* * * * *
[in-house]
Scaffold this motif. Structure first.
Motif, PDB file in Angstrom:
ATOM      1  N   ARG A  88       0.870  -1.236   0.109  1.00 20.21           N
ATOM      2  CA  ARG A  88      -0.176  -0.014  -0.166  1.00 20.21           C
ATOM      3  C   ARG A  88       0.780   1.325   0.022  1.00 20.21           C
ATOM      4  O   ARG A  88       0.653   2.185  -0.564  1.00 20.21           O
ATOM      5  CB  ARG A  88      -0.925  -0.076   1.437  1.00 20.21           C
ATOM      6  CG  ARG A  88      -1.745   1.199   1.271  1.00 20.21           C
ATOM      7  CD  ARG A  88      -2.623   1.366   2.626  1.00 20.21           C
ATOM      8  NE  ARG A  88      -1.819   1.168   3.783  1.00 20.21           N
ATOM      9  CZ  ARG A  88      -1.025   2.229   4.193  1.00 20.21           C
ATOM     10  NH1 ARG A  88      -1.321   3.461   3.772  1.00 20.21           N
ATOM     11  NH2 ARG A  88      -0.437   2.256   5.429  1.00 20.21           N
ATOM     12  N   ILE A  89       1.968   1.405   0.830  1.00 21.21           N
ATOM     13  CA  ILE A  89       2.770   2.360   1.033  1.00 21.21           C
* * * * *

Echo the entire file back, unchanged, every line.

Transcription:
[in-house]
Scaffold this motif. Structure first.
Motif, PDB file in Angstrom:
ATOM      1  N   ARG A  88       0.870  -1.236   0.109  1.00 20.21           N
ATOM      2  CA  ARG A  88      -0.176  -0.014  -0.166  1.00 20.21           C
ATOM      3  C   ARG A  88       0.780   1.325   0.022  1.00 20.21           C
ATOM      4  O   ARG A  88       0.653   2.185  -0.564  1.00 20.21           O
ATOM      5  CB  ARG A  88      -0.925  -0.076   1.437  1.00 20.21           C
ATOM      6  CG  ARG A  88      -1.745   1.199   1.271  1.00 20.21           C
ATOM      7  CD  ARG A  88      -2.623   1.366   2.626  1.00 20.21           C
ATOM      8  NE  ARG A  88      -1.819   1.168   3.783  1.00 20.21           N
ATOM      9  CZ  ARG A  88      -1.025   2.229   4.193  1.00 20.21           C
ATOM     10  NH1 ARG A  88      -1.321   3.461   3.772  1.00 20.21           N
ATOM     11  NH2 ARG A  88      -0.437   2.256   5.429  1.00 20.21           N
ATOM     12  N   ILE A  89       1.968   1.405   0.830  1.00 21.21           N
ATOM     13  CA  ILE A  89       2.770   2.360   1.033  1.00 21.21           C